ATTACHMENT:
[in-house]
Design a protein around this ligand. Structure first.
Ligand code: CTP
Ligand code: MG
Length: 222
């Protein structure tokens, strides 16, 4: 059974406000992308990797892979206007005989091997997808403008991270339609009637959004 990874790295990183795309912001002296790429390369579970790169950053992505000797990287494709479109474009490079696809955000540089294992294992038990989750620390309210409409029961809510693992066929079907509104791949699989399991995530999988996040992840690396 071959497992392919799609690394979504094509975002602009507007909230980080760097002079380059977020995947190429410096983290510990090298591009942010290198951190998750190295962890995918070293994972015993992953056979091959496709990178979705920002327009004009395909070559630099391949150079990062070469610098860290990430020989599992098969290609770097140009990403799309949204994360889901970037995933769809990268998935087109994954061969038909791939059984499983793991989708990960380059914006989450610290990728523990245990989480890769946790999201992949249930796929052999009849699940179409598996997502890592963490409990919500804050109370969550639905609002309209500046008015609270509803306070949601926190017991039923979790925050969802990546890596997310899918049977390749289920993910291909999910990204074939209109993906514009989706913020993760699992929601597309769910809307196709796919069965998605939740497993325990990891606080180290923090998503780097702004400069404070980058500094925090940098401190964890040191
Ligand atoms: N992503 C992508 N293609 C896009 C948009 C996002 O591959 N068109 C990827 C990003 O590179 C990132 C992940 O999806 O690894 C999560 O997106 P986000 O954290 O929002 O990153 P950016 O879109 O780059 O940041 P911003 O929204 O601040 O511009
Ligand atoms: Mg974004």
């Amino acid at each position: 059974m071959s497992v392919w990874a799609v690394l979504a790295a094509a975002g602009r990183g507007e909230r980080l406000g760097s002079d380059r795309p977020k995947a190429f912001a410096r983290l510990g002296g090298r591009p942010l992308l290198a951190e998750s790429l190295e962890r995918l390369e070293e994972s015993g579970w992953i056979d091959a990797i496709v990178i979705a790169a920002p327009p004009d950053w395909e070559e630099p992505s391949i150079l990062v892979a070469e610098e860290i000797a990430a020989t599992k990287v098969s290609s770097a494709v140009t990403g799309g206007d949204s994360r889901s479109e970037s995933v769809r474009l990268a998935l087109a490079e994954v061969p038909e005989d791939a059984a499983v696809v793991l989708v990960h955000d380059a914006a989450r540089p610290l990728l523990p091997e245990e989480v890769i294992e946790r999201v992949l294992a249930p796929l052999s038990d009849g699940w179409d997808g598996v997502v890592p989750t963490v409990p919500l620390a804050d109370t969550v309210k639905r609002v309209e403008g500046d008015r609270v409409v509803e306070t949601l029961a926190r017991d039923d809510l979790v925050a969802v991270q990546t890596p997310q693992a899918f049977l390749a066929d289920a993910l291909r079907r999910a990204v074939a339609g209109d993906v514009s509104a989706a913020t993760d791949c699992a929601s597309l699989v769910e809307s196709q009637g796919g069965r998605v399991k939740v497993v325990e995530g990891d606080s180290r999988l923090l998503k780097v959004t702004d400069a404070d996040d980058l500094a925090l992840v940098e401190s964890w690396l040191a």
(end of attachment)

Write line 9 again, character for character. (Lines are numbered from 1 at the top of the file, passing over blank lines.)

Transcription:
């Amino acid at each position: 059974m071959s497992v392919w990874a799609v690394l979504a790295a094509a975002g602009r990183g507007e909230r980080l406000g760097s002079d380059r795309p977020k995947a190429f912001a410096r983290l510990g002296g090298r591009p942010l992308l290198a951190e998750s790429l190295e962890r995918l390369e070293e994972s015993g579970w992953i056979d091959a990797i496709v990178i979705a790169a920002p327009p004009d950053w395909e070559e630099p992505s391949i150079l990062v892979a070469e610098e860290i000797a990430a020989t599992k990287v098969s290609s770097a494709v140009t990403g799309g206007d949204s994360r889901s479109e970037s995933v769809r474009l990268a998935l087109a490079e994954v061969p038909e005989d791939a059984a499983v696809v793991l989708v990960h955000d380059a914006a989450r540089p610290l990728l523990p091997e245990e989480v890769i294992e946790r999201v992949l294992a249930p796929l052999s038990d009849g699940w179409d997808g598996v997502v890592p989750t963490v409990p919500l620390a804050d109370t969550v309210k639905r609002v309209e403008g500046d008015r609270v409409v509803e306070t949601l029961a926190r017991d039923d809510l979790v925050a969802v991270q990546t890596p997310q693992a899918f049977l390749a066929d289920a993910l291909r079907r999910a990204v074939a339609g209109d993906v514009s509104a989706a913020t993760d791949c699992a929601s597309l699989v769910e809307s196709q009637g796919g069965r998605v399991k939740v497993v325990e995530g990891d606080s180290r999988l923090l998503k780097v959004t702004d400069a404070d996040d980058l500094a925090l992840v940098e401190s964890w690396l040191a």